I don’t want to judge others for who they are and what they do. But come on, what a pathetic diatribe. Let’s apply Occams Razor: Guilt perhaps is telling you that you are violating your conscience? Now THAT seems logical.

    As a man who has been married for 15 years only to have my wife discover that she is poly, let me tell you it has completely destroyed my life. I am on depression and anxiety meds because of my wife’s wanting to spread the love.

    I call balderdash!!!!!

    Reply
    • Hannah

       /  June 18, 2014

      Oh dear, you’re bitter. And I suppose that’s fair enough but you’re also wrong. Occams Razor is a logic trick and love isn’t logical.
      Why SHOULDN’T people have their cake and eat it? Why is denial a positive? Monogomy is a habit of society but that doesn’t make it right or the only way.

      If you don’t want to judge people, don’t. I’m sorry you’ve had a bad time, but that’s not a reason to take it out on everyone else.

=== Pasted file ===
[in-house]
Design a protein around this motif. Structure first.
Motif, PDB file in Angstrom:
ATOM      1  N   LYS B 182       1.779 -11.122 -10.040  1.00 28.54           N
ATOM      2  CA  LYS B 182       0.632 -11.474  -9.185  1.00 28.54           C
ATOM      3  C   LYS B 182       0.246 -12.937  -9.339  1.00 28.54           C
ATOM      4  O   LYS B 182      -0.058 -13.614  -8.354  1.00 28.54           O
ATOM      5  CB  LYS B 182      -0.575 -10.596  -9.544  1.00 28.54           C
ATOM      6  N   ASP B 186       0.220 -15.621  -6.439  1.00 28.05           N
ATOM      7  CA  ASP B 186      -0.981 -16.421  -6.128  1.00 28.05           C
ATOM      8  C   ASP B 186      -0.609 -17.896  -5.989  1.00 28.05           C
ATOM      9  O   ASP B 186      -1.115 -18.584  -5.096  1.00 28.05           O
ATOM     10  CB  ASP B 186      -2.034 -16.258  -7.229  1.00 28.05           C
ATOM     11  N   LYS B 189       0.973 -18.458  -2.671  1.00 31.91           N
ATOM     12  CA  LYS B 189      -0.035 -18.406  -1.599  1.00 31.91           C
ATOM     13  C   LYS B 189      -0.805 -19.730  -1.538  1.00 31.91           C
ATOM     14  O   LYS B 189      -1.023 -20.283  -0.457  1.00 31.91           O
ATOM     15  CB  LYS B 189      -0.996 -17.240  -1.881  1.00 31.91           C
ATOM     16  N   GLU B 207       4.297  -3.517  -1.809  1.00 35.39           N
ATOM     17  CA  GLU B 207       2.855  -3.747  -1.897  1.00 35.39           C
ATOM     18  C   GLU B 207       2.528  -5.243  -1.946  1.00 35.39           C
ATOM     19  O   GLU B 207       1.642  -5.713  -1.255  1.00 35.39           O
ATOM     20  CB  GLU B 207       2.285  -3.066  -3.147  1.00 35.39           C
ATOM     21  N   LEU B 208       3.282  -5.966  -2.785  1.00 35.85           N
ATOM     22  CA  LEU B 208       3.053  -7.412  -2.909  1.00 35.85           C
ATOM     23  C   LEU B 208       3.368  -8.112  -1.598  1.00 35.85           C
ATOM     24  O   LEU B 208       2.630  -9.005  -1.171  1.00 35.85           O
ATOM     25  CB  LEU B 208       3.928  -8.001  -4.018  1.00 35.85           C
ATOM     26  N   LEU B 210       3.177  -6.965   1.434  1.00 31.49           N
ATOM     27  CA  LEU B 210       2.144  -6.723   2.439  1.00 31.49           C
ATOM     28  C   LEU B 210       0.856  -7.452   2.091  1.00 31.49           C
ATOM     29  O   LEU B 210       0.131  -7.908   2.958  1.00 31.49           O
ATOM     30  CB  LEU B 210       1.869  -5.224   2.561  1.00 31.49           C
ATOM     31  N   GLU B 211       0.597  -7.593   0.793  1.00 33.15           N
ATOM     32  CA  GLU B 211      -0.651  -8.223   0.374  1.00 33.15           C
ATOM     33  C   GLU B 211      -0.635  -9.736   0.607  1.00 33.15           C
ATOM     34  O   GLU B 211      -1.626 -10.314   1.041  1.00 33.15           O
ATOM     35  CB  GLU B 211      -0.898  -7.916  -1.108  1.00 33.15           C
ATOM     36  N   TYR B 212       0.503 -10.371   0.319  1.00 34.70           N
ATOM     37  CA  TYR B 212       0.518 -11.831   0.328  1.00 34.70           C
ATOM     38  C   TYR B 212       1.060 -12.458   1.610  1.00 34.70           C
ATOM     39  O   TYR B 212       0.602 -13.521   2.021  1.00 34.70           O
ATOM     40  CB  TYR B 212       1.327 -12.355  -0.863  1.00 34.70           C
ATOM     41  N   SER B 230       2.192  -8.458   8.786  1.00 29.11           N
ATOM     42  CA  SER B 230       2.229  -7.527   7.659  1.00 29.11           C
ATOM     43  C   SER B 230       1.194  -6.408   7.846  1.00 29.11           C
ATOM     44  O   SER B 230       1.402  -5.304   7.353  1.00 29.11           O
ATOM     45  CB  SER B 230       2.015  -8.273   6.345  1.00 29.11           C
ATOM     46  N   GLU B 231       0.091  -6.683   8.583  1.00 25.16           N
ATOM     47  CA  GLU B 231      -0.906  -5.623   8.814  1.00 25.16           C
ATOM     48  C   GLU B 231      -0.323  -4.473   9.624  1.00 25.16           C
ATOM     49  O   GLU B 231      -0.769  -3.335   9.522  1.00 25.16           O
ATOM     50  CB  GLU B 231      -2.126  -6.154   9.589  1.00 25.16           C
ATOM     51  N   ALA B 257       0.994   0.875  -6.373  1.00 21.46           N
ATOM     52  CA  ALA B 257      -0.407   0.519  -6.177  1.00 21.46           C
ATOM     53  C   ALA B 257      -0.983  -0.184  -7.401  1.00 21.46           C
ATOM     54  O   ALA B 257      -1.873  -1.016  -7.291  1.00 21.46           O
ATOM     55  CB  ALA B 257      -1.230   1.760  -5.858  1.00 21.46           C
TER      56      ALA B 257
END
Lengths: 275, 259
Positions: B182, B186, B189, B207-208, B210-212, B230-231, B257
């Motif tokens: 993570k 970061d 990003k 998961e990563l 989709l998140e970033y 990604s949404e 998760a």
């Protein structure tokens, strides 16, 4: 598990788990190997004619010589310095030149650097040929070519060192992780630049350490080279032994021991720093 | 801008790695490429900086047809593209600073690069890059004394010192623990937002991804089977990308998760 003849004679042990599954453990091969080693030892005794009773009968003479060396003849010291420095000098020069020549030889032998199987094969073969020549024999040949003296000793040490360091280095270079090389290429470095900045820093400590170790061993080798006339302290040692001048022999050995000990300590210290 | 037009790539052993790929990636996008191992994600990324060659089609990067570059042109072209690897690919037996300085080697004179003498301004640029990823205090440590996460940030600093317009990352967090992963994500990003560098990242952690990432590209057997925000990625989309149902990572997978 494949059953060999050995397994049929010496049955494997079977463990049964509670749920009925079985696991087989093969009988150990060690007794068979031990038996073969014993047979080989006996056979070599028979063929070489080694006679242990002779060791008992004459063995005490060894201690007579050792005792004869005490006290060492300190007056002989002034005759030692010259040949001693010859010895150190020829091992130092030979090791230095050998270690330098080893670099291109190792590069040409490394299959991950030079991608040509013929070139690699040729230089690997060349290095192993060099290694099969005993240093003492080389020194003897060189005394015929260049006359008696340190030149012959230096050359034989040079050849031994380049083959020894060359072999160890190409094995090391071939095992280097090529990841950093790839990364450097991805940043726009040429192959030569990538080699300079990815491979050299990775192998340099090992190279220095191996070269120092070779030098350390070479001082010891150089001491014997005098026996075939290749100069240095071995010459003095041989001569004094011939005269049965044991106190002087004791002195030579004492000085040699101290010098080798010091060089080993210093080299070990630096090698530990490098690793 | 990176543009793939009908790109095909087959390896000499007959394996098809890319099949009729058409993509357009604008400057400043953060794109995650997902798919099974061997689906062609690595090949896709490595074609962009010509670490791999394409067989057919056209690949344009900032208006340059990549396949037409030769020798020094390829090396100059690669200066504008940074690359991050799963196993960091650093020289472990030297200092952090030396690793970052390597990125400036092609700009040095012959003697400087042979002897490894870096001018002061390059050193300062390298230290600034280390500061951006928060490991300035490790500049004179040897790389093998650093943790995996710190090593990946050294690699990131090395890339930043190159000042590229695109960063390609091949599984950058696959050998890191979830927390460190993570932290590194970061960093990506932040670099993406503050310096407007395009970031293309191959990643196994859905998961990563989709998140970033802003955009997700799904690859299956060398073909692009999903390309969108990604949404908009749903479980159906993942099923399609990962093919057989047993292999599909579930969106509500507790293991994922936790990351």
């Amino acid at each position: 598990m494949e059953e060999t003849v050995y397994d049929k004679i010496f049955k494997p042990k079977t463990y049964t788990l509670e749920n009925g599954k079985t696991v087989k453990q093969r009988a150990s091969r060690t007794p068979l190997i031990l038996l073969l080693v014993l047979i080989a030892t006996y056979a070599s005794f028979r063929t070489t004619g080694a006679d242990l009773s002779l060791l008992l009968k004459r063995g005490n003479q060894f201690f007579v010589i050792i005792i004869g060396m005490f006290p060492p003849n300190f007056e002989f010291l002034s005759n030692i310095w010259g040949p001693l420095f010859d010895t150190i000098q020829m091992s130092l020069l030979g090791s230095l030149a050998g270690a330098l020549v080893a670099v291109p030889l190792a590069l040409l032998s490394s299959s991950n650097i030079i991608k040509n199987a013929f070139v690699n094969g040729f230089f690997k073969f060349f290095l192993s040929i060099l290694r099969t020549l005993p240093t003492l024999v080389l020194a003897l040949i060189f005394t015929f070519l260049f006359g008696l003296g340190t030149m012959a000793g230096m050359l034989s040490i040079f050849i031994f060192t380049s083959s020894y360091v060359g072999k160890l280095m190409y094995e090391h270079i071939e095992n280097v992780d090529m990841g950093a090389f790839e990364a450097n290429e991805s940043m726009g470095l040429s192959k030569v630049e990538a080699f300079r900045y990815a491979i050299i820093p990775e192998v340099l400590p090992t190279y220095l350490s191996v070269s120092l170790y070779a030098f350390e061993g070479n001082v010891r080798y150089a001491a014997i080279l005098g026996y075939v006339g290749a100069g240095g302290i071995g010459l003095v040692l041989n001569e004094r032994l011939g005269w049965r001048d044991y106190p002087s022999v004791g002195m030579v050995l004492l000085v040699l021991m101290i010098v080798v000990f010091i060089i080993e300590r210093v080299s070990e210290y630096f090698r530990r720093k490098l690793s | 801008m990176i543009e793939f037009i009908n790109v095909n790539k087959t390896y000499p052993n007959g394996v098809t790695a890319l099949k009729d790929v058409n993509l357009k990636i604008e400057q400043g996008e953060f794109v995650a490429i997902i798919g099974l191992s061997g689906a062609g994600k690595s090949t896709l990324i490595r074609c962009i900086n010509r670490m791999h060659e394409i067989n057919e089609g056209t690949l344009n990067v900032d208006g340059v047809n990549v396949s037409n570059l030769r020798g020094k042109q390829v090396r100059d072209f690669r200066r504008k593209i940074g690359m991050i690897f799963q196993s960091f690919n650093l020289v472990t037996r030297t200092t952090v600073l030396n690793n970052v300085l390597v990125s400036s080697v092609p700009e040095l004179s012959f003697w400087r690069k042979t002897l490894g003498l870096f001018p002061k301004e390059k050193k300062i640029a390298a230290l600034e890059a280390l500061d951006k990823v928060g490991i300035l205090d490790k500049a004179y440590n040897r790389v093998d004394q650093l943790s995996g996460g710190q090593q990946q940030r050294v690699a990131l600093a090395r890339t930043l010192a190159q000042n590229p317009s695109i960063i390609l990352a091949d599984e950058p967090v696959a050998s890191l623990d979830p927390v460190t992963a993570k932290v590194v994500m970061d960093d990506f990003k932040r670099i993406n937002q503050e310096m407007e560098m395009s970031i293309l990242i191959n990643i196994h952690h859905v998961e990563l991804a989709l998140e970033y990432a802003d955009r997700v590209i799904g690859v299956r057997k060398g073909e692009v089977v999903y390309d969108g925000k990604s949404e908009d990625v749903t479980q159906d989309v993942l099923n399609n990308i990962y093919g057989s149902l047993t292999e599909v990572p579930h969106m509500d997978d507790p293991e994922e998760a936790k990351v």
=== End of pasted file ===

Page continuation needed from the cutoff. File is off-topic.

I call ‘selfish little man’.

      Reply
  4. Alicia

     /  August 17, 2014

    Such a helpful reminder!

    Recently started dating a monogamous woman, and already the conversation of poly vs mono has come up a TON and it’s clear we are not on the same page there . . . But we have decided to enjoy each other anyway for a short time. Already making plans to ease out of the emotional intensity because we’re aware that at our cores, there is not long-term potential. (Amazing communication style compatibility however, which is so crucial for ANY relationship).

    In just a few short weeks with this wonderful woman, I have found myself wondering: *could* I be monogamous? *could* I only be with one person for the rest of my life? Is there something wrong with me that just the thought scares me, stifles me, and stresses me out? Should I try to do it?

    … And I get a sinking feeling of sadness.

    After 10 years of understanding that I am polyamorous, it’s amazing how easily I can still allow that guilt to sink in when I step outside of my supportive poly network of friends to explore a romantic dynamic with a different kind of person.